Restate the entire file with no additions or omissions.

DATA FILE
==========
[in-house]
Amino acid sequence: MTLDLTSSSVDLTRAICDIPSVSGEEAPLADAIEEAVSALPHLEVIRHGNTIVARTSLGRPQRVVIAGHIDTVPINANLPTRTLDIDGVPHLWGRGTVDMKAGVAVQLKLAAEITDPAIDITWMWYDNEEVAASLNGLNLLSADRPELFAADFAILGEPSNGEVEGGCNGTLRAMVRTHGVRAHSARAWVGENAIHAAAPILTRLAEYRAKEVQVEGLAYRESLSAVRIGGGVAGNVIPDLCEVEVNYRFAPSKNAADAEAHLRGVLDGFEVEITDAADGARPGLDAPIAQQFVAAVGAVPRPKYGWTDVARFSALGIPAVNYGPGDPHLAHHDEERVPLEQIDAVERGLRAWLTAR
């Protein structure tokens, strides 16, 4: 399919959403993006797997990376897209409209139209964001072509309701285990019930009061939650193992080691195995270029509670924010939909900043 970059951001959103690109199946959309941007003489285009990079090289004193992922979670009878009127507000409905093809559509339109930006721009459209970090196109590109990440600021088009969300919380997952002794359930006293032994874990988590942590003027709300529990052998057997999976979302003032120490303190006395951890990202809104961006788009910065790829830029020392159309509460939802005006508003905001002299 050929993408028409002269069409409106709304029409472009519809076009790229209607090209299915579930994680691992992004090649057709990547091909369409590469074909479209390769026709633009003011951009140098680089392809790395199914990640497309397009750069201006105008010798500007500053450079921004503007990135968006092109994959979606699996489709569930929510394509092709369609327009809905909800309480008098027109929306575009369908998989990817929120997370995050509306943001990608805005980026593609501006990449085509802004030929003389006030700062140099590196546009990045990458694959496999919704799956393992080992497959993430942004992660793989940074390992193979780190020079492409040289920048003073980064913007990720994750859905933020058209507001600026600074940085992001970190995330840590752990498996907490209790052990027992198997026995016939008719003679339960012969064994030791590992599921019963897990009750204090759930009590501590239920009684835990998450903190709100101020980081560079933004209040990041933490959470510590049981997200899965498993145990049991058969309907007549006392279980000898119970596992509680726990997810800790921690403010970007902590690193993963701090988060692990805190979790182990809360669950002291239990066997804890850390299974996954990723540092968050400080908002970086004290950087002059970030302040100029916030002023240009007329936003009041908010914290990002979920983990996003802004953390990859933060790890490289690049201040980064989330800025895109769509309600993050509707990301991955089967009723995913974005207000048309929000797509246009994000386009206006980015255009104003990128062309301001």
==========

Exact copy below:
[in-house]
Amino acid sequence: MTLDLTSSSVDLTRAICDIPSVSGEEAPLADAIEEAVSALPHLEVIRHGNTIVARTSLGRPQRVVIAGHIDTVPINANLPTRTLDIDGVPHLWGRGTVDMKAGVAVQLKLAAEITDPAIDITWMWYDNEEVAASLNGLNLLSADRPELFAADFAILGEPSNGEVEGGCNGTLRAMVRTHGVRAHSARAWVGENAIHAAAPILTRLAEYRAKEVQVEGLAYRESLSAVRIGGGVAGNVIPDLCEVEVNYRFAPSKNAADAEAHLRGVLDGFEVEITDAADGARPGLDAPIAQQFVAAVGAVPRPKYGWTDVARFSALGIPAVNYGPGDPHLAHHDEERVPLEQIDAVERGLRAWLTAR
């Protein structure tokens, strides 16, 4: 399919959403993006797997990376897209409209139209964001072509309701285990019930009061939650193992080691195995270029509670924010939909900043 970059951001959103690109199946959309941007003489285009990079090289004193992922979670009878009127507000409905093809559509339109930006721009459209970090196109590109990440600021088009969300919380997952002794359930006293032994874990988590942590003027709300529990052998057997999976979302003032120490303190006395951890990202809104961006788009910065790829830029020392159309509460939802005006508003905001002299 050929993408028409002269069409409106709304029409472009519809076009790229209607090209299915579930994680691992992004090649057709990547091909369409590469074909479209390769026709633009003011951009140098680089392809790395199914990640497309397009750069201006105008010798500007500053450079921004503007990135968006092109994959979606699996489709569930929510394509092709369609327009809905909800309480008098027109929306575009369908998989990817929120997370995050509306943001990608805005980026593609501006990449085509802004030929003389006030700062140099590196546009990045990458694959496999919704799956393992080992497959993430942004992660793989940074390992193979780190020079492409040289920048003073980064913007990720994750859905933020058209507001600026600074940085992001970190995330840590752990498996907490209790052990027992198997026995016939008719003679339960012969064994030791590992599921019963897990009750204090759930009590501590239920009684835990998450903190709100101020980081560079933004209040990041933490959470510590049981997200899965498993145990049991058969309907007549006392279980000898119970596992509680726990997810800790921690403010970007902590690193993963701090988060692990805190979790182990809360669950002291239990066997804890850390299974996954990723540092968050400080908002970086004290950087002059970030302040100029916030002023240009007329936003009041908010914290990002979920983990996003802004953390990859933060790890490289690049201040980064989330800025895109769509309600993050509707990301991955089967009723995913974005207000048309929000797509246009994000386009206006980015255009104003990128062309301001």